Blockchain technology has gained interest far outside the Bitcoin society. Today e.g. banks, financial institutions and keepers of public records show an active interest – as the technology builds on an underlying ledger that cannot be manipulated.
“Ethereum is a public blockchain platform with programmable transaction functionality. It provides a decentralized virtual machine that can execute peer-to-peer contracts using a cryptocurrency called Ether.”
And out of the Etherum project came concepts like DAO, standing for Distributed / Decentralized autonomous organization. Back to Wikipedia…
The DAO is a digital decentralized autonomous organization and a form of investor-directed venture capital fund.
The DAO has an objective to provide a new decentralized business model for organizing both commercial and non-profit enterprises. It has been instantiated on the Ethereum blockchain, and has no conventional management structure or board of directors. The code of the DAO is open-source.
The DAO is stateless, and is not tied to any particular nation state. As a result, many questions of how government regulators will deal with a stateless fund have not yet been dealt with.
The DAO was crowdfunded via a token sale in May 2016. It set the record for the largest crowdfunding campaign in history.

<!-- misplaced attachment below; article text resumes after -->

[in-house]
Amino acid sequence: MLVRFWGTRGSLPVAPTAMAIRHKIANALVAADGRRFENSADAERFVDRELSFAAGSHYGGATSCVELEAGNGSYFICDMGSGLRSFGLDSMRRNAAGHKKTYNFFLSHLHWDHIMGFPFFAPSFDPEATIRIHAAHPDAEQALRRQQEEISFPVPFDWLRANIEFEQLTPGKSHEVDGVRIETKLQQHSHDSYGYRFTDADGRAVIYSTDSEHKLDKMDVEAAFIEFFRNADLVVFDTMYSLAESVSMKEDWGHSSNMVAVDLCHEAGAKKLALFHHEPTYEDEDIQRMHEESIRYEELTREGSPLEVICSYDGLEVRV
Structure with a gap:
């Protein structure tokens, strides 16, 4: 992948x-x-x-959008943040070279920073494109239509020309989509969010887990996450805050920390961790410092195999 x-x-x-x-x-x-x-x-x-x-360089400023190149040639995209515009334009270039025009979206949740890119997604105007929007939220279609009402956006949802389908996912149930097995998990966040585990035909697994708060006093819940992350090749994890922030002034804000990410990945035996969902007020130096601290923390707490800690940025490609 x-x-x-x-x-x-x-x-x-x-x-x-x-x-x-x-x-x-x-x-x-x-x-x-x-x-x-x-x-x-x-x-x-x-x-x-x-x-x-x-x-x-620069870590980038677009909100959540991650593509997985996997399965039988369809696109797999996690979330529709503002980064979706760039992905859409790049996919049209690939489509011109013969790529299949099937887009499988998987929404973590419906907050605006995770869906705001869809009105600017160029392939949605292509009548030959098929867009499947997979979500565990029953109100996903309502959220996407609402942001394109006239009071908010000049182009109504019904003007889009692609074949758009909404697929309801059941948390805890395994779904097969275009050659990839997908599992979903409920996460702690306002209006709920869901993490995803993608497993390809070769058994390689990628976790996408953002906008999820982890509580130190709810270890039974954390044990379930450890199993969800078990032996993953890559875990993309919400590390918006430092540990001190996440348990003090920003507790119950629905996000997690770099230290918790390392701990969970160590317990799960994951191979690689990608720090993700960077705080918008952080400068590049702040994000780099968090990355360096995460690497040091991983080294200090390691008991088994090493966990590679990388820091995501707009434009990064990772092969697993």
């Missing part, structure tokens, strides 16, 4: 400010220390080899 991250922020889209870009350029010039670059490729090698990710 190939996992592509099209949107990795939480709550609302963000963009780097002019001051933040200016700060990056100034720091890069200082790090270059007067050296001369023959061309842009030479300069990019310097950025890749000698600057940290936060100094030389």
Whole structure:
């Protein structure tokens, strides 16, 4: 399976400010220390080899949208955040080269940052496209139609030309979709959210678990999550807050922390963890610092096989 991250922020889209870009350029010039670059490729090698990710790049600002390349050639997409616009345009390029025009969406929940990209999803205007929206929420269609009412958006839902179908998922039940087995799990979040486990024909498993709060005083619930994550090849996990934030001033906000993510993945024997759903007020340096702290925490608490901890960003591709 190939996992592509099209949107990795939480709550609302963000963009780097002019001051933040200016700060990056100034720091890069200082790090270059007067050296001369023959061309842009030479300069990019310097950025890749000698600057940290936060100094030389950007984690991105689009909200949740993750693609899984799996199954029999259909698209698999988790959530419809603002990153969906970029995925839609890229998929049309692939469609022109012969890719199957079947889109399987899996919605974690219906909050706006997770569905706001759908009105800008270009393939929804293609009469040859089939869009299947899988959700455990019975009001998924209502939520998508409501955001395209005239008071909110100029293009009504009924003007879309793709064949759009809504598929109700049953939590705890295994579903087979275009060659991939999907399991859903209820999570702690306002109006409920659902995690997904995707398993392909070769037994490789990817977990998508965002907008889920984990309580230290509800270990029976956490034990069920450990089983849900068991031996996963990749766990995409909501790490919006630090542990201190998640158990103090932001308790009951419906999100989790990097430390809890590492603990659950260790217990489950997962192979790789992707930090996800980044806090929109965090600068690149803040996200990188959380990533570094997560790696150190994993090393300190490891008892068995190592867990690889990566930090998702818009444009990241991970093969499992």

Brilliant, really. And extremely interesting.
Then came the “Sorry Dave, I cannot do that” moment. Wikipedia…
In June 2016, it was revealed that hackers had exploited a vulnerability in the DAO code to enable them to siphon off perhaps as much as $50million in funds from the DAO. Stephen Tual, COO of Slock.it, the company that had worked on the development of the DAO, announced that they were working with the Ethereum Foundation to modify the underlying protocol to freeze the accounts of the hackers, and also said that the DAO would be wound up as a result.
Some say the DAO was hacked. Others claim the money was stolen. But apparently someone just seems to have taken advantage of the rules inscribed in the code, initiating a fork.
Now, it becomes very technical. If you are interested in the details, I suggest you read this piece by Bloomberg View columnist Matt Levine: Blockchain Company’s Smart Contracts Were Dumb »
It will be interesting to see what happens now – if The Dao irreversible code is to be confronted with some relevant jurisdiction’s law, in court. Or if there will be a rollback, a back-dated hard fork in the ledger.
Blockchain technology is still very young and there is a lot of learning by doing. And learning the hard way.
If you inscribe functions to code that cannot be changed there are both great opportunities and risks. You need to be proactive, to foresee future problems and developments – and to refrain from functions that can be misused.
Smart contracts cannot save stupid people.
Let’s hope that people have learned from this experience for the future. Blockchain is still a great, smart concept. Ethereum is still very interesting. And, in a wider perspective, DAO is a brilliant idea. I hope it will not be derailed by this temporary bump in the road.
It’s all in the code, stupid.